Home Tech Talk Remanufacturing the Brother HL 2300 Series Toner Cartridge TN-630/660

Remanufacturing the Brother HL 2300 Series Toner Cartridge TN-630/660

by Imaging Solution Bureau

brotherhl20-10-14Released in July 2014, the Brother HL-6300 printer engine is based on a new 27-32ppm, 1200 DPI laser engine. These machines have a first page out in less than 8.5 seconds, and come standard with 8 or 32Mb of memory depending on the machine. The HL-6300 series also have duplexing built in. Our HL-2360 machine came with a Starter cartridge which is rated for 700 pages. The starter cartridge does not come with any reset gears.

There are two different toner cartridges available for these machines. The TN-630 is rated for 1,200 pages, and the TN-660 is rated for 2,600 pages. The drum unit which will be covered in separate instructions is rated for 12,000 pages. There are different part numbers for these cartridges depending on your region. They are as follows:

                               STD      HY       Drum
North/South America TN630 TN660 DR630
Europe TN2310 TN2320 DR2300
Asia/ Middle East/Africa TN2360 TN2380 DR2355
Oceania TN2330 TN2350 DR2325

Current machines released so far for this series are:


There is a reset gear that resets the printer each time a new toner cartridge is installed. In our machine, the starter cartridge does NOT have a reset gear installed. The TN-630 and the TN-660 cartridges use different reset gears. The TN-630 gear have one black flag VS two white flags on the TN-660. That is how the machine knows if there is a LY or HY cartridge installed. New HY and SHY reset gears are available so that starter cartridges can be made into HY or a SHY cartridge. Both the TN630 and 660 cores are the same so the LY can be converted tom a HY if the proper toner fill and reset gear is used.

Reset gears serve two purposes. First they reset the printer so it knows a new toner cartridge was installed. Secondly they tell the printer which cartridge was installed. When the printer senses a new toner cartridge, the bias voltage is set to a high voltage. As the cartridge is used, the bias voltage is reduced gradually down. This process is necessary because according to Brother, a new toner cartridge has a tendency to print light. As the cartridge is used, the density increases. To keep the density level even throughout its life, the density bias voltage is reduced accordingly. Each time a new cartridge is installed, the bias voltage is reset to the high voltage point, and the cartridge page count is reset to zero. Since different yields would dictate different decreases in density over time, Brother uses different reset gears which tell the printer how fast to reduce the bias voltage.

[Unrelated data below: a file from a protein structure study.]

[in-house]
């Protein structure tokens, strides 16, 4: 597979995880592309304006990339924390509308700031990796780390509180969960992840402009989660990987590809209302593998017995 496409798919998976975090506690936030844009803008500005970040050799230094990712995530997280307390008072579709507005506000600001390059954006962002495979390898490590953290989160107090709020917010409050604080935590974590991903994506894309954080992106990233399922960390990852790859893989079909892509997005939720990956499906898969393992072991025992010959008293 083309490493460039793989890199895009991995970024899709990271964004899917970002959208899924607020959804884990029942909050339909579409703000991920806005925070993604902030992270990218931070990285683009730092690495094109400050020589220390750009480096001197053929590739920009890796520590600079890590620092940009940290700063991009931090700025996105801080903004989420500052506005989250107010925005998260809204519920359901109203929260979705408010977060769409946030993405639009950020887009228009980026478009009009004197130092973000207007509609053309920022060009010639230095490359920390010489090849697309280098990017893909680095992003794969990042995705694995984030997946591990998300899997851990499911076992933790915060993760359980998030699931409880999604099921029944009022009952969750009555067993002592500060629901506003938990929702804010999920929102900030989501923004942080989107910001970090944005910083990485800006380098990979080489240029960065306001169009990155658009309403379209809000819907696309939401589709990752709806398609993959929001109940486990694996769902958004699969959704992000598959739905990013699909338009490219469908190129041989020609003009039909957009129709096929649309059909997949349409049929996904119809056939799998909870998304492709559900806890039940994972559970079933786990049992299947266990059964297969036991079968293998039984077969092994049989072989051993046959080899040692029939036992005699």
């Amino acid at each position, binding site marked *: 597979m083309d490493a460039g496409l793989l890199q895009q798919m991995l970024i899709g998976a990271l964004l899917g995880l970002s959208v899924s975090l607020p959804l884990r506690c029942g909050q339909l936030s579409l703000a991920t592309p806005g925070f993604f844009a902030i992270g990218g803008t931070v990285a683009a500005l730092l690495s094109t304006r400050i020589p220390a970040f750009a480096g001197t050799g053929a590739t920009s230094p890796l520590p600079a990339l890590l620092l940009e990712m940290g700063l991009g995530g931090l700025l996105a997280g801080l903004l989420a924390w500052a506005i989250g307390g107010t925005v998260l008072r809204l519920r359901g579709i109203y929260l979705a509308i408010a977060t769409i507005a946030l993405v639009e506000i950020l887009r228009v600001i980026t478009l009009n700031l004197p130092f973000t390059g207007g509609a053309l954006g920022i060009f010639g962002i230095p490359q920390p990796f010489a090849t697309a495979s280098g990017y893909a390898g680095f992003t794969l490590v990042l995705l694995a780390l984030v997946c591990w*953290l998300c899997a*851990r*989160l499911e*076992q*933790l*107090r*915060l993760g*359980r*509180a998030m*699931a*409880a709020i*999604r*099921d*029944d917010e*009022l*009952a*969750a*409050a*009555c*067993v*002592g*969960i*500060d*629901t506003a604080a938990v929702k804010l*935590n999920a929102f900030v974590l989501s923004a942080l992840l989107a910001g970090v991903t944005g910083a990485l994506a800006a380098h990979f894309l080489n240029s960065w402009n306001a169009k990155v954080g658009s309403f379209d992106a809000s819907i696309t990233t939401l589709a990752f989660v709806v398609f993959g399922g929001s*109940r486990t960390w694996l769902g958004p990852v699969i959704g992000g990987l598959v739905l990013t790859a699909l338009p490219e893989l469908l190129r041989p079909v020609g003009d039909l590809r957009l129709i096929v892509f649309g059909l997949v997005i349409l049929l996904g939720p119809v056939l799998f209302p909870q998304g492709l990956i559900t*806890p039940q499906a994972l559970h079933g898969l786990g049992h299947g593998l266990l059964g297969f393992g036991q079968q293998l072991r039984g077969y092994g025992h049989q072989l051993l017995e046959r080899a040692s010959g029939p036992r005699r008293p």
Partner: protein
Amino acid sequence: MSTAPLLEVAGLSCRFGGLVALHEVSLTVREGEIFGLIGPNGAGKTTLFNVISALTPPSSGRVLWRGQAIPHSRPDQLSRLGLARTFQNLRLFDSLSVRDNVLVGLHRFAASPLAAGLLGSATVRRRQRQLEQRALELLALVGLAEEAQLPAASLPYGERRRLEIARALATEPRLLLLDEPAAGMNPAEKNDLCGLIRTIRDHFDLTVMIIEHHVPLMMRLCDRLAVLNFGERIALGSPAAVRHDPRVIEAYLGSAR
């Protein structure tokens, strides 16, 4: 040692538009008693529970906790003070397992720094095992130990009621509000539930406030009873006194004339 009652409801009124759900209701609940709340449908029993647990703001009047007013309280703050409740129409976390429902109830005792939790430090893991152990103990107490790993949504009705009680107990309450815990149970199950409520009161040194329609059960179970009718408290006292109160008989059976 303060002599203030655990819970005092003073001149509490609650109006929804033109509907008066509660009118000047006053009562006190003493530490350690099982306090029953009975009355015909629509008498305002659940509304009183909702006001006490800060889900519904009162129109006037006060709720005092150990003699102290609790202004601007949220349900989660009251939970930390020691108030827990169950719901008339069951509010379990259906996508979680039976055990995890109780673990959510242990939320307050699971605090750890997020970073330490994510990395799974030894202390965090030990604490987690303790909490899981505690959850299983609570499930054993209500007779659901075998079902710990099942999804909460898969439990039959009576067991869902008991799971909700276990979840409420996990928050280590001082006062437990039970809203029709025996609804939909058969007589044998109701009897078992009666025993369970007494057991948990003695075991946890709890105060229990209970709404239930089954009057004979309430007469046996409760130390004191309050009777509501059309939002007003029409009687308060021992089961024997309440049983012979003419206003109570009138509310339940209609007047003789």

NOTE: Starting with the HL-6180 series, there were some major changes in the way the toner cartridge AND the drum cartridge works in this series. In case you missed it, we are covering the theory again.

New Brother Print Theory:

As with previous Brother cartridge’s, the waste toner is repelled off of the drum to be transferred to the toner unit, but the method of how this works is now very different.

The waste toner still is transferred to the supply chamber, and this remaining toner still MUST be completely removed from the supply chamber before adding new toner. Failure to do this will cause back grounding. In addition to contaminating the toner cartridge, this may also contaminate the cleaning section of the drum cartridge, which in turn will contaminate the toner cartridge again. The reasons for this are explained in the following cartridge theory section.

The first new item in this engine is there is now a paper cleaning roller in the printer itself. This roller cleans off any extra paper dust before the printing process even starts. It is located just after the paper feed rollers.